The previous article in this series is Using GEDmatch Part 5 (Alternate To Triangulation Tool).
Twice within the past week, I’ve come across situations where the GEDmatch phasing tool would be very likely to help solve someone’s genealogical mystery. It seems some people may not be aware of this extremely useful, yet easy to use, tool. Therefore, I thought it would be a good idea to write a few words explaining a bit about what the phasing tool does, and what the benefits of using it are, as well as show the very quick and simple steps to using the tool.
The basics of the phasing tool are that it will take the test results of a child and one, or both, of their parents, and create two GEDmatch test kits. One of these test kits will be just the mother’s DNA, and the other will be just the father’s DNA. Using these two test kits for doing comparisons has a couple of advantages.
The most obvious of these advantages is that in cases where you are only able to test a child and one parent, the test of the other parent can be extrapolated and simulated. This simulated (phased) kit then acts as a substitute in running the available tools on GEDmatch, including one to one and one to many comparisons. While the phased test kits that are created are the most accurate when the tests of a child and both parents are available, the accuracy is reduced only slightly when just the test of a child and one parent are available. In cases of adoption, or non-paternity events, the phased kit can then used to search for matches to help with identifying the unknown parent.
Some words of caution: Please exercise appropriate care and discretion in either of these situations. The revelation of information related to either of these events can potentially have devastating effects. There are people who may prefer not to know about such a situation having taken place, or do not want it to be brought up. Be sure to respect the wishes and privacy of others at all times during your searches.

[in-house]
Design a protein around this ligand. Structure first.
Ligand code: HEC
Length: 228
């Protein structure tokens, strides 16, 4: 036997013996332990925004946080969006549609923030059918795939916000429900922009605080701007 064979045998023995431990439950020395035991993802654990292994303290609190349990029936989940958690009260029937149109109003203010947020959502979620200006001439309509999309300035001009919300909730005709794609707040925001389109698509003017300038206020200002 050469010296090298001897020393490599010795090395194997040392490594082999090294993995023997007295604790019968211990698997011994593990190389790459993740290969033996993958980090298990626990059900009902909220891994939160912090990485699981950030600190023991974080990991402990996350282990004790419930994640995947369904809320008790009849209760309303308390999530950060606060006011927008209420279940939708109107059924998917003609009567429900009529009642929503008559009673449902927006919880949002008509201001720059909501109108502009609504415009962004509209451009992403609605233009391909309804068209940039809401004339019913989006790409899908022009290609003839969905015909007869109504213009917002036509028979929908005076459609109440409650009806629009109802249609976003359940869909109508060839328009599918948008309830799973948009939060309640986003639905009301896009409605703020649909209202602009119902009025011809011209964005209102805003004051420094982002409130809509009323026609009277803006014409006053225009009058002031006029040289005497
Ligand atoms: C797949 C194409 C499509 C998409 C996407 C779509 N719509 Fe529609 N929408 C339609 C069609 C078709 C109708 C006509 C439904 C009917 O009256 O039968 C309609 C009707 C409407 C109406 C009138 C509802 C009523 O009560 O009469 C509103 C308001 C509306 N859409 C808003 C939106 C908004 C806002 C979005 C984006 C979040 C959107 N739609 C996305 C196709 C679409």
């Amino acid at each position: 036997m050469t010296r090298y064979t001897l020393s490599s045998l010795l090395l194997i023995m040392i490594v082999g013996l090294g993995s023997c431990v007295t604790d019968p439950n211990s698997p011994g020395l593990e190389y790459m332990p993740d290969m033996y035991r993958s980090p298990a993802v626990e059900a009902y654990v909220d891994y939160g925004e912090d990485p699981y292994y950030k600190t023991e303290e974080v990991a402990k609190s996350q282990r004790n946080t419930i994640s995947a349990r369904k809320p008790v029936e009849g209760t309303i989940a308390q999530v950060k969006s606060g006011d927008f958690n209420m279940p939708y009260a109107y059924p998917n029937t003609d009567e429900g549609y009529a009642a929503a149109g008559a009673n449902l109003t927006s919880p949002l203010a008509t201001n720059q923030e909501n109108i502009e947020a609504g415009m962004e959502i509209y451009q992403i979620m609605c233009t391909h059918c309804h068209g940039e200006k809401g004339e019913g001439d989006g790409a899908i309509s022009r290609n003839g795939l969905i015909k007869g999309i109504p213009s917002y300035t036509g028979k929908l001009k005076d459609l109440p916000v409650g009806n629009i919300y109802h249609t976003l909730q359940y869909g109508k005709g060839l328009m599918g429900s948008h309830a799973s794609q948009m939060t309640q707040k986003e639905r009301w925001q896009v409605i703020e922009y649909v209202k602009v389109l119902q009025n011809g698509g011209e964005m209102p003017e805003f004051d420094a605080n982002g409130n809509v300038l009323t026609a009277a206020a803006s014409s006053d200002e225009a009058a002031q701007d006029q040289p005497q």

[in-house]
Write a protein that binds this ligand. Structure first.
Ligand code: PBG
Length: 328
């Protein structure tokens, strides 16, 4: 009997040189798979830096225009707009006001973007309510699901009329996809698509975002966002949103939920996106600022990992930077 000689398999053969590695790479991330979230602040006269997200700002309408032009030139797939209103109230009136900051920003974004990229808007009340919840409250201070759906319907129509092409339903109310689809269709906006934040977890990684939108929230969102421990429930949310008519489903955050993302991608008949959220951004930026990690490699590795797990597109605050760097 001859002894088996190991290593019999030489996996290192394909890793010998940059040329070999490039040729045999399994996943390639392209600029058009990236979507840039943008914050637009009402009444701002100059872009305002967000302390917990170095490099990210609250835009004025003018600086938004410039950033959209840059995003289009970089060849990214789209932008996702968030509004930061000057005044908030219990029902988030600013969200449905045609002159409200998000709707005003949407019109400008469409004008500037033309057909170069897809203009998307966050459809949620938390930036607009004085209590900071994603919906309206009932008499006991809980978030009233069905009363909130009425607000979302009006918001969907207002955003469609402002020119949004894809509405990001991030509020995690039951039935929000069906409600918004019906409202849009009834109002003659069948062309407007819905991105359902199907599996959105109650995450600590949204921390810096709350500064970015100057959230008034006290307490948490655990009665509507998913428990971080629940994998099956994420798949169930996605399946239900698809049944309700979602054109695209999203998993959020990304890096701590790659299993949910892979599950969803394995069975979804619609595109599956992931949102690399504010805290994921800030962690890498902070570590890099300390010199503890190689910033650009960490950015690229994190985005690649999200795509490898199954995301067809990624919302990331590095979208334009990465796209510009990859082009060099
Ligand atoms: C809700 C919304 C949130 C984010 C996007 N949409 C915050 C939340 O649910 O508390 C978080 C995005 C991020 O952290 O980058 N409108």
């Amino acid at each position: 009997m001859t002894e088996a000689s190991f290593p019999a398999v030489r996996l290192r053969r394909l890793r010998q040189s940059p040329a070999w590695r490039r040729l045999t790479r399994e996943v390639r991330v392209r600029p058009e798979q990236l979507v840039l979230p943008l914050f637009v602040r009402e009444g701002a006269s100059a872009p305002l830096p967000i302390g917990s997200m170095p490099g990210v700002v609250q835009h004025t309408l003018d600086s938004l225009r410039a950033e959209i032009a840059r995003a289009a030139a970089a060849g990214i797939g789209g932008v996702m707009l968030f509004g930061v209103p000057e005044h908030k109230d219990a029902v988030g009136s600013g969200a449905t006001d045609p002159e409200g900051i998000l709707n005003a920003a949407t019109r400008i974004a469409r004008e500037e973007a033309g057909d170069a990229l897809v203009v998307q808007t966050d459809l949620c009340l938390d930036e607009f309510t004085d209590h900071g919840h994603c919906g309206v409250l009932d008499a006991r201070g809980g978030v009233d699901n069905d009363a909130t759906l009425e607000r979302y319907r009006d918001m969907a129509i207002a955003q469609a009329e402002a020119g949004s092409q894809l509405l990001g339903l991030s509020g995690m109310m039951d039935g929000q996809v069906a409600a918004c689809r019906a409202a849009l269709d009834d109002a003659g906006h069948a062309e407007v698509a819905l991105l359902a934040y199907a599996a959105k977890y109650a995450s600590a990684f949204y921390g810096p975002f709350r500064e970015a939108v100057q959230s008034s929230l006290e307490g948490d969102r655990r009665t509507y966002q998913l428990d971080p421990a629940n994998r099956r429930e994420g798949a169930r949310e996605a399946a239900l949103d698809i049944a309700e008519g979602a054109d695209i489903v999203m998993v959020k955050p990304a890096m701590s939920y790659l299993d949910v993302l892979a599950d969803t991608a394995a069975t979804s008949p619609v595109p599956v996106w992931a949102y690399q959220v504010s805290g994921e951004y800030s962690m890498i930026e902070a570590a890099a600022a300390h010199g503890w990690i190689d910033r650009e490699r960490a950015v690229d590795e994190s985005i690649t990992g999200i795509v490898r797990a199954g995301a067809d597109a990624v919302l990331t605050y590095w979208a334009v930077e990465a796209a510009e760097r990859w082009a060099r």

In cases where the child and both parents have tested, generating phased kits has the advantage of noticeably increasing the confidence level that a shared segment with someone is indeed a valid match, and not just a match by random chance or a false positive, when using the GEDmatch tools with your phased kits.
Click here if you’d like to open the GEDmatch website in a new window/tab to make it easier to follow along with these steps.
Prior to using the phasing tool, a GEDmatch profile needs to be setup, and have the test results of a child, and one or both parents, already uploaded. If you have not done this yet, and need help with doing so, please see my previous blog post Introduction To Using GEDmatch.
1) To use the phasing tool, log in to GEDmatch and click on the ‘Phasing link in the white DNA Raw Data box inside the darker blue Analyze Your Data box in the lower right of the page.
2) Clicking on the Phasing link will take you to the GEDmatch.Com Phased data generator Data entry form page. The entry form is pretty straightforward. You need to enter the GEDmatch kit number of the child’s test in the first box, and the GEDmatch kit number of either the mother’s test, or the father’s test, or both, in the corresponding box/boxes. Once you have finished entering the kit numbers, click on the Submit button.
3) That’s all there is to generating the request to create the two phased test kits. You will see a notice about allowing for processing time for the kits to be created. While this process used to take up to eight weeks to complete, the process is now completing in about two days time. When you return to your GEDmatch home page, you will see that the request has been generated, as indicated by the two test kits that have red asterisks in front of them, and begin with the letter P (for phased) in the kit number. One kit will end with M1, and the other with P1. These are indicating the maternal kit and paternal kit, respectively. Between the P and the M1/P1 will be the kit number of the child.
Once the required processing time has completed, the two phased kits will be ready to be used, as indicated by the lack of asterisks before the kit number.
These two phased kits can now be used just as if the child’s biological mother and father had tested and had their test results uploaded to GEDmatch. These two kits will be automatically flagged as research kits only. Research kits can be used with any GEDmatch utility, but they will not be shown in comparison results for other kits. If someone else runs a one to many comparison against their test, for example, these phased kits will not be among the results shown to them. Phased kits are not allowed to be public on GEDmatch, in keeping with the concerns I raised in my words of caution above.
I hope this may help some people break through some of their genealogical brick walls. I’m sure there are other uses for these phased kits that I haven’t yet fully explored (such as the ethnicity and admixture tools), or uses that I haven’t yet discovered. If you come across any, I hope you will please share them here.
If you experience any problems while following these steps, discover any errors I’ve made, or notice that a screen has changed from what I’ve shown in the screenshots, please let me know by commenting on this thread or sending me an email. Thank you.
This article last updated 31 Oct 2014